Baseball Sues Biogenesis for Tortious Interference with Contract

Hello baseball fans and contract law fans! (That would be an interesting Venn diagram.) Anyway, this morning Major League Baseball sued Biogenesis (among others) for allegedly tortiously interfering with the “Joint Drug Agreement” between MLB and the MLB Players Association. The basic theory is (1) that MLB and the MLBPA have a contract pursuant to which the players agree not to use drugs and (2) that Biogenesis interfered with that contract by giving drugs to certain players.

Bonds & Steroids

Craig Calcaterra is one of my favorite baseball writers–and he also happens to be a former lawyer. He’s got a post up at NBC’s Hardball Talk in which he helpfully provides a copy of MLB’s Complaint; he concludes that the “lawsuit is crazy on its face” and “should be thrown out of court.” Indeed, Calcaterra is “shocked Major League Baseball found someone who would file it.”

Well, I’m not so sure…

First of all, it’s not as if MLB got some fly-by-night paper pushers to file this lawsuit. The lawyers who signed the Complaint are from Proskauer Rose and Kobre & Kim — not exactly small fries in the litigation world. Though just because a lawsuit has a big name or two behind it doesn’t mean it has any merit. See, for example, Hogan & Hartson representing Fox News in its case against Al Franken.

So let’s go to the merits. There are always all sorts of problems with tortious interference claims. But let’s assume for a minute that MLB could make out the basic elements — knowledge of the contract, some sort of improper motive, etc. Calcaterra still thinks the lawsuit is bogus because:

Major League Baseball could not show damages as a result of these acts. . . . [T]he contract MLB claims interference with is the Joint Drug Agreement, in which MLB has no direct financial interest. Indeed, it EXPECTS the JDA to be breached and has built in a punishment system because of it. When a player takes PEDs he violates it, by definition. Major League Baseball does not have a cause of action for breach of contract against them. How Major League Baseball expects to get greater satisfaction from an alleged third party tortfeasor than it could get from a party to the contract is … interesting.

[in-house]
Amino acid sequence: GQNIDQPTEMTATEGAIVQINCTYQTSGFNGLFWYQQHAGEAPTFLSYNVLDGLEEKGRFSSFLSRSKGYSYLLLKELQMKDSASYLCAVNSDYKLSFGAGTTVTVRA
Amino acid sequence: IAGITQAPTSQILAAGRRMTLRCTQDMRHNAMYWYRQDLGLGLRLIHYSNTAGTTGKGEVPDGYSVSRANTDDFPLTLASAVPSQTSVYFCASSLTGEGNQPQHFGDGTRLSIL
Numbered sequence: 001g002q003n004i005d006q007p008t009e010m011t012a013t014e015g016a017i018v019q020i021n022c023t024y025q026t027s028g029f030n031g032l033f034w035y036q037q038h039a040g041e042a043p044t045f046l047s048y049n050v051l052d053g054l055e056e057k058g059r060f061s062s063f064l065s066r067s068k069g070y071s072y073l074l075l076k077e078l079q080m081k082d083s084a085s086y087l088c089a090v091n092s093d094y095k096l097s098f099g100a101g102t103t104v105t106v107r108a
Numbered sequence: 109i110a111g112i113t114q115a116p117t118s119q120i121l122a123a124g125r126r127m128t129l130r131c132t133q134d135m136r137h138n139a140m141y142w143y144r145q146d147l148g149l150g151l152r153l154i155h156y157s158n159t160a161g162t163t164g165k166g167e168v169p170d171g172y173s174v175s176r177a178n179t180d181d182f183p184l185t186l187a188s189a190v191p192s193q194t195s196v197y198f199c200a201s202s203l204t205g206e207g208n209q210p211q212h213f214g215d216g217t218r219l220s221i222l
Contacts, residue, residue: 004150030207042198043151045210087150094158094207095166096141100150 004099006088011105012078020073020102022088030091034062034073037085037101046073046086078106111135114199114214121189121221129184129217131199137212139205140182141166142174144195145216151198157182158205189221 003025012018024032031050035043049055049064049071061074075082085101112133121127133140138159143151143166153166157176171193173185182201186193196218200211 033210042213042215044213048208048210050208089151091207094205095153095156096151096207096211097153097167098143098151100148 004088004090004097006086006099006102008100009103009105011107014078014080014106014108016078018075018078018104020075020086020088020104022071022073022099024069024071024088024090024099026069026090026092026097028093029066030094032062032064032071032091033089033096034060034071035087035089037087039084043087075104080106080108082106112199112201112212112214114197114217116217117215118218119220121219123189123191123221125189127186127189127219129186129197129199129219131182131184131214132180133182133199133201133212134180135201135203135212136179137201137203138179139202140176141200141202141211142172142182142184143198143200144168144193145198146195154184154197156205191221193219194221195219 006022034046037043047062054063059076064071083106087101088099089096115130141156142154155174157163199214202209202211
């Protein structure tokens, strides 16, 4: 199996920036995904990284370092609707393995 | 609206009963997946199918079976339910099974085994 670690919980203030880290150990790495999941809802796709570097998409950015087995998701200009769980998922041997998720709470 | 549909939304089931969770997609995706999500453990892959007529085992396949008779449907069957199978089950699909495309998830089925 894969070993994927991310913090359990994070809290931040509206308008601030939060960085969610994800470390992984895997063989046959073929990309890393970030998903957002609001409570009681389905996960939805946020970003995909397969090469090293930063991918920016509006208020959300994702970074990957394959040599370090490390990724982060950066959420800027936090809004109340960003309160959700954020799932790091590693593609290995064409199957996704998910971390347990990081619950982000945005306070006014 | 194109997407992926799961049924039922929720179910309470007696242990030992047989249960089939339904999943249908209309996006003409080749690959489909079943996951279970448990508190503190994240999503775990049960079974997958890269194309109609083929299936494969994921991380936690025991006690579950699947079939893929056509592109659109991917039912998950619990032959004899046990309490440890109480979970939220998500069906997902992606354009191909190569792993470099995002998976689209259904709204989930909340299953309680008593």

Okay. I have to admit, that is interesting — at least to me. But I don’t think it’s so obvious that MLB has no case because of this damages issue. First of all, let’s forget about the third-party stuff for a second. When MLB and the MLBPA sat down to negotiate the JDA, I bet the MLB thought that drugs in baseball were hurting baseball’s profits or at least had the strong potential to hurt baseball’s profits in the future. Otherwise, why sign the JDA? If MLB thought there was more money to be made by just letting players juice and take whatever they want, MLB would look the other way and let players juice and take whatever they want. In fact, I remember not too long ago when that was MLB’s position. But for whatever reason — public backlash, fear of losing the antitrust exemption, whatever — MLB now thinks it is in its financial interest to crack down on the use of drugs. So, putting aside issues of proof, I think it’s pretty safe to say that MLB strongly believes that the use of drugs in baseball is going to cost it money.

To avoid that loss of money, MLB entered into this contract with the players. But what does the contract do? Calcaterra says that players do not breach the contract when they take drugs; rather, they just fall into another part of the contract. I don’t think that’s exactly right. The JDA states:

All Players shall be prohibited from using, possessing, selling, facilitating the sale of, distributing, or facilitating the distribution of any Drug of Abuse, Performance Enhancing Substance and/or Stimulant . . . .

If a player violates that obligation, I think that’s a breach. The JDA, however, provides a remedy for that breach in the form of various suspensions and whatnot. I read those provisions not as other parts of the contract with which the players must comply, but as a liquidated damages clause for the breach. Otherwise, how would the players breach the contract, by not “performing” their suspension? No, I think the best reading is that the breach is the use of the drugs, and the suspensions are the liquidated damages for that breach.

Indeed, this is the sort of situation where a liquidated damages clause works quite well. While drugs in baseball may create a general sort of harm to MLB, that harm is difficult if not impossible to quantify — and it’s certainly impossible to quantify in any particular instance of a single player’s drug use. How much money did MLB lose when Melky Cabrera got caught using PEDs? There’s no way to know. Sure, the JDA could have been written where, after a positive test, the MLB had to prove general damages related to that player’s individual use, and then fine the player that amount, but that would be nuts. So the JDA includes a specified penalty for breach — suspension.